1. What do you make of Burns’ style? the way in which he uses language? the words themselves? What do you think he is up to? If one wanted to imitate a “dialect” in a poem today, what type of words and language do you think one could use? Think of various different dialects, colloquialisms and slang in our country, like southern accents, Yankee slang, urban lingo, etc.
2. Describe the dramatic situation in “To a Mouse.” What “tragic” event occurs? How does the farmer who caused the tragic event respond to it? The poet offers a fairly long subtitle to the poem. Why is it really important that the action in the poem takes place in November? Why would the subject matter of the poem be less urgent if it were, say, June.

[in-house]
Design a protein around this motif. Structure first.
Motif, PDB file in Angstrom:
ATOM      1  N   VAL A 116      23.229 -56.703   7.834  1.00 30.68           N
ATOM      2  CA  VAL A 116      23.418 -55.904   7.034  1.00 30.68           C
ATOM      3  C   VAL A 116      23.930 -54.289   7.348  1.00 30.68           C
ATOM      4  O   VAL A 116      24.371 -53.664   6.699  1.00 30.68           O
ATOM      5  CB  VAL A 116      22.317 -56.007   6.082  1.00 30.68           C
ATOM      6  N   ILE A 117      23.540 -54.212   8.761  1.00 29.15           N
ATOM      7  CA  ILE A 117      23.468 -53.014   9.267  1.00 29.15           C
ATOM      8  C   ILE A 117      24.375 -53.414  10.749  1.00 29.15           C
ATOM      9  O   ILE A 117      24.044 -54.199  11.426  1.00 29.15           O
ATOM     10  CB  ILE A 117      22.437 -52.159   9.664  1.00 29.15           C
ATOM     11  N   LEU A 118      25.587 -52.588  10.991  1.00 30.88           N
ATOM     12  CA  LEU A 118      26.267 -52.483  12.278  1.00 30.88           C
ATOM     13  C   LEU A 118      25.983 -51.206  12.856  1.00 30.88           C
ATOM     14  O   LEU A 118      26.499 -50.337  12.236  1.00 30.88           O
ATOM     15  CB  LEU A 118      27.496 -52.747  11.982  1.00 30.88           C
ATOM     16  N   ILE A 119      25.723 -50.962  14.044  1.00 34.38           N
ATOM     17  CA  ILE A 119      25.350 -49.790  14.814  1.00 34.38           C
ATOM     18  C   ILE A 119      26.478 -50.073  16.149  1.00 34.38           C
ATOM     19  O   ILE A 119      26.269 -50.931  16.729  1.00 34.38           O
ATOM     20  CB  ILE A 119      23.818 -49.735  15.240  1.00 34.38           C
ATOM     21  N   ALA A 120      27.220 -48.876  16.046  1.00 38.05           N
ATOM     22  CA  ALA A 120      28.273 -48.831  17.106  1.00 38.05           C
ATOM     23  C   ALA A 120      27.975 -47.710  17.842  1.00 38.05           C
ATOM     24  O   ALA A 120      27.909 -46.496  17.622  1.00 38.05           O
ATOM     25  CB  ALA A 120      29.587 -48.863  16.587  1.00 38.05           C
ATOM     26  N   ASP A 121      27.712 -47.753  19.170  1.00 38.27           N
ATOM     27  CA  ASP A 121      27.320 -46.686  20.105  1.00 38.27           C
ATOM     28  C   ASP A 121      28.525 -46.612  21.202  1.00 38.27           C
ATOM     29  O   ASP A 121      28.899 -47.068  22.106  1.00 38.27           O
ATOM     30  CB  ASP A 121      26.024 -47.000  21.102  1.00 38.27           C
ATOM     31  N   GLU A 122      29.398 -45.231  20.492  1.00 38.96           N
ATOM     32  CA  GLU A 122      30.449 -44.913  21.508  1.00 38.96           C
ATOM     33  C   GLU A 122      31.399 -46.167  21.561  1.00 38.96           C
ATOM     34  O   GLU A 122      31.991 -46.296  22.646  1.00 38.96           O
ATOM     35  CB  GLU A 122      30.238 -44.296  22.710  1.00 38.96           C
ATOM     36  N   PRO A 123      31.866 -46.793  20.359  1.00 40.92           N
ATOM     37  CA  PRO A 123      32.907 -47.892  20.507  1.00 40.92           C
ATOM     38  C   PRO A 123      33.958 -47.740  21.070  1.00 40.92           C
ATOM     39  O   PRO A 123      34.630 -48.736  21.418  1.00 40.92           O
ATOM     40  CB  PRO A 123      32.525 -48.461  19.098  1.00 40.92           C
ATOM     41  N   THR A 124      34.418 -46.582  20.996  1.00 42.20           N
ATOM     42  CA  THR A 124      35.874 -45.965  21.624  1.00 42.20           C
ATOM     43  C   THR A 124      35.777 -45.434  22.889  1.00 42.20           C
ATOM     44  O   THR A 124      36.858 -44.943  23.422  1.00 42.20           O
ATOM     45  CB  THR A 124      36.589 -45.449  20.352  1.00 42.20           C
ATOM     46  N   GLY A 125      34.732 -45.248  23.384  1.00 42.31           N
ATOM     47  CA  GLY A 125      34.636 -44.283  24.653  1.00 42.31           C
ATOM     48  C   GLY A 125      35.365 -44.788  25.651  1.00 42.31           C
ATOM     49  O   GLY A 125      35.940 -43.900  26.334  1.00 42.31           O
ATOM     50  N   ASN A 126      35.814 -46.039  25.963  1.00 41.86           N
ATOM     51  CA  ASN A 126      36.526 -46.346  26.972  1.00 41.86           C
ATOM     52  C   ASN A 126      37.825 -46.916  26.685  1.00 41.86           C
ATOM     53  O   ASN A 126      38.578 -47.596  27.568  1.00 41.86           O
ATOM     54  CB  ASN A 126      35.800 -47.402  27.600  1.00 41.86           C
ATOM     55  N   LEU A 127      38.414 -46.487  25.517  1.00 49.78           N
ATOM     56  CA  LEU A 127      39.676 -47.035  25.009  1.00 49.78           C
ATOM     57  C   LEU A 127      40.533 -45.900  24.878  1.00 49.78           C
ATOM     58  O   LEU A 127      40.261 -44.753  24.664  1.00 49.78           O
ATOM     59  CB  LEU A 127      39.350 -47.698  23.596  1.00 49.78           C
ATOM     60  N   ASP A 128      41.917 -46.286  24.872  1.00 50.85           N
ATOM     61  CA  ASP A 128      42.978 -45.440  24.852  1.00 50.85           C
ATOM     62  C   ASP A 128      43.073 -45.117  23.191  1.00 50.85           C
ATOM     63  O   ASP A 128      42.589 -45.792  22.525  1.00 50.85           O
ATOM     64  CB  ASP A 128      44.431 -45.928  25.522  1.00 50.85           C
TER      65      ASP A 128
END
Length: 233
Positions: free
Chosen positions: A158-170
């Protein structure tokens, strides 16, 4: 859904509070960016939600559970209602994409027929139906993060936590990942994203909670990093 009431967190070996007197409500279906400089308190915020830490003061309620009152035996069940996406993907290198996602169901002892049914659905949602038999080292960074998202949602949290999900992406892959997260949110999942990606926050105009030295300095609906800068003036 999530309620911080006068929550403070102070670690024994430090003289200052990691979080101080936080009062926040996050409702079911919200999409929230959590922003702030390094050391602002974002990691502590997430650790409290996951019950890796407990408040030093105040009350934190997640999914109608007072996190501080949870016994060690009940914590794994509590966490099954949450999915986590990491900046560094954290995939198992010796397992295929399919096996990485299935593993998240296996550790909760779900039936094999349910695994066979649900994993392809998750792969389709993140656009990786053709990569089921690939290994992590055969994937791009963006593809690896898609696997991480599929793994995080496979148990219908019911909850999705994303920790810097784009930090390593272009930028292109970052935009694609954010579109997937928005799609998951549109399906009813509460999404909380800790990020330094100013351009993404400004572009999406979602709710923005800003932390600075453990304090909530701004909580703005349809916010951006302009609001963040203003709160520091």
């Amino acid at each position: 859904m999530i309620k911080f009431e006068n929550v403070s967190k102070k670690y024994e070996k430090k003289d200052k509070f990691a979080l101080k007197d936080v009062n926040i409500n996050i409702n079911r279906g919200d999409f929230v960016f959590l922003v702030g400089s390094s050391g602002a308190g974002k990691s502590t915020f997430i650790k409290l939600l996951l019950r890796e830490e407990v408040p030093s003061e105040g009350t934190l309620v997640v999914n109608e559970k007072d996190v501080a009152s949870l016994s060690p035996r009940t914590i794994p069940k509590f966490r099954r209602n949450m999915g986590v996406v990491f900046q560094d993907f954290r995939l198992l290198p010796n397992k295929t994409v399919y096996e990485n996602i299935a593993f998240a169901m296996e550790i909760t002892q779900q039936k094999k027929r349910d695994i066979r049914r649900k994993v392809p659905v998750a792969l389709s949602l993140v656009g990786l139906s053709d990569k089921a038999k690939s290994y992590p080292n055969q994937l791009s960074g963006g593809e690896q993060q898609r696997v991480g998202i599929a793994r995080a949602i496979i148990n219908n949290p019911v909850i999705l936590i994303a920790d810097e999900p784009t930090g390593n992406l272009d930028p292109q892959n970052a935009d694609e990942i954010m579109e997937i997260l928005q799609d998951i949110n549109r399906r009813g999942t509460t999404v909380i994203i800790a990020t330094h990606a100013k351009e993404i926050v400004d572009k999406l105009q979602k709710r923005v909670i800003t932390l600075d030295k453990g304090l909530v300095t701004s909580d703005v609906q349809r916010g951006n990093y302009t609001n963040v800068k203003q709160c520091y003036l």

3. Although “To a Mouse” comes across as a folksy poem depicting a pretty trivial scenario, Burns cleverly allows deep and poignant issues to manifest that have been treated to even epic extents in poetry since the ancient Greeks. Look at the following passage from the poem, and think about enduring life-themes it expresses.
But Mousie, thou art no thy-lane,
In proving foresight may be vain:
The best laid schemes o’ Mice an’ Men
Gang aft agley,
An’ lea’e us nought but grief an’ paiin
For promis’d joy!
4. “A Red, Red Rose” is really the lyrics to a song. Do you think it works on its own as a poem without the music? Do you feel that the poem holds up as a poem? Or do you think it is a bit mawkish, Hallmarky, hokey? If the poem is sappy, do you think that Burns is being intentionally so? Does the sap–the cheesy-factor–veil something deeper? Like the poem, “To a Mouse,” consider the dramatic situation of the poem. What is happening or what may be about to happ
Entry filed under: WEEK ONE.